Don’t Put the Cart Before the Horse: (State Tax Savings vs. Economic Substance and Business Purpose)
by AccountingWeb on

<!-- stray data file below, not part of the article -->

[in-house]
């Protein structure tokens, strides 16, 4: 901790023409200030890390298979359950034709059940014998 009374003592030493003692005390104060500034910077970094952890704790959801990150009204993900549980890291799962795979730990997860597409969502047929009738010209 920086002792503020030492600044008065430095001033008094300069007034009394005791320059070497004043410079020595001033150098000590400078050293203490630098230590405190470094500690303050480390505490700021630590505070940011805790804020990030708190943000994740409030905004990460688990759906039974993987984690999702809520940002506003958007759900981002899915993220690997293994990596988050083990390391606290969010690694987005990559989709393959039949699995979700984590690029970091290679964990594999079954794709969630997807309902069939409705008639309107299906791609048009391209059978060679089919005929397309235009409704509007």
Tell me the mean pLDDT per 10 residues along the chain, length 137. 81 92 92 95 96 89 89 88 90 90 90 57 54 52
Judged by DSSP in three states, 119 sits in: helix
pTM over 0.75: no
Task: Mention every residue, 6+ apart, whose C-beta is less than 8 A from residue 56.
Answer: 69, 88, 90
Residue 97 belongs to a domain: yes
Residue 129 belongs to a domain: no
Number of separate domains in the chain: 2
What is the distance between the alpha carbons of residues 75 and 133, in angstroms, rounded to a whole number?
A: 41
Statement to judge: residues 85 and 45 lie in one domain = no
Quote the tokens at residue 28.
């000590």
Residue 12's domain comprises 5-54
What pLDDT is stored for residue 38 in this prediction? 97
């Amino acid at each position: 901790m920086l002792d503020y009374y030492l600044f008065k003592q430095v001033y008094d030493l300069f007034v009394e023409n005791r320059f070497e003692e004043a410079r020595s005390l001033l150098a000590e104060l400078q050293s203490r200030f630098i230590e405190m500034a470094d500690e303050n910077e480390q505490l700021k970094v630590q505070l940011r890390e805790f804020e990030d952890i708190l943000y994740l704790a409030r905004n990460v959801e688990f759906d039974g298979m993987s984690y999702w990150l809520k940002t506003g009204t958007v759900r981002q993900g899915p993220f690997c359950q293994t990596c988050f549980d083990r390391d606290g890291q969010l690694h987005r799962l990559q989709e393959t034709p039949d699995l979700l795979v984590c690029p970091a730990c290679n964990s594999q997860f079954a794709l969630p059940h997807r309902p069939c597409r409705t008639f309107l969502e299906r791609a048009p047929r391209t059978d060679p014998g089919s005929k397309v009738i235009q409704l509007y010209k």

CASE: HMN Financial, Inc. and Affiliates v. Commissioner of Revenue, Minnesota; docket No. 7911-R; May 27, 2009 (State of Minnesota County of Ramsey Tax Court) Summary of Case This case involved, as the Court stated: “a sophisticated tax avoidance plan involving a captive real estate investment trust (REIT), a holding company and the transfer of loans and loan proceeds in a circular pattern through the taxpayer’s entities.” The taxpayer argued that it met the requirements of a foreign operating company (FOC) under Minnesota statutes; therefore, it must be afforded the favorable tax treatment the statute allows. The taxpayer argued the state has no authority to set its transactions aside as a sham because the taxpayer met the definitions of an FOC. The state maintained that one cannot simply look to the status of a taxpayer to determine whether deductions will be allowed or disallowed; one must look at the transactions to determine whether deductions will be allowed. The state argued, and the Tax Court agreed, the only true purpose of the taxpayer’s transactions was to avoid Minnesota taxes. Thus, because the state has the authority to disregard sham transactions, the transactions must be disallowed. Summary of Conclusions Stated in Support of Courts Finding: 1. Accounting firm marketed same plan to other businesses. 2. Accounting firm stressed state tax savings in its materials. 3. Accountants knew the taxpayer needed a business purpose other than tax savings. 4. Accountants provided taxpayer with several sample business purposes. 5. Taxpayer did not follow through on achieving any non-tax business purpose. 6. Non-tax business purposes did not have economic substance, risk, or effect. 7. There was no increase in income, no lessening of expenses, no business, other than the avoidance of taxes. 8. Only business purpose achieved was state tax savings. So What? This is not the first time a state and/or court has disallowed a transaction because it determined the transaction lacked economic substance or business purpose (and it won't be the last time). Therefore, when conducting any type of state tax planning (especially complex restructuring), make sure the “horse is in front of the cart.” Meaning, figure out what your business goals and objectives are, and then figure out what state tax planning can be done to minimize the state tax ramifications of achieving those business goals. If you have any questions regarding state tax planning your business has implemented in the past or is thinking of pursuing in the future, please contact me at email@example.com to discuss.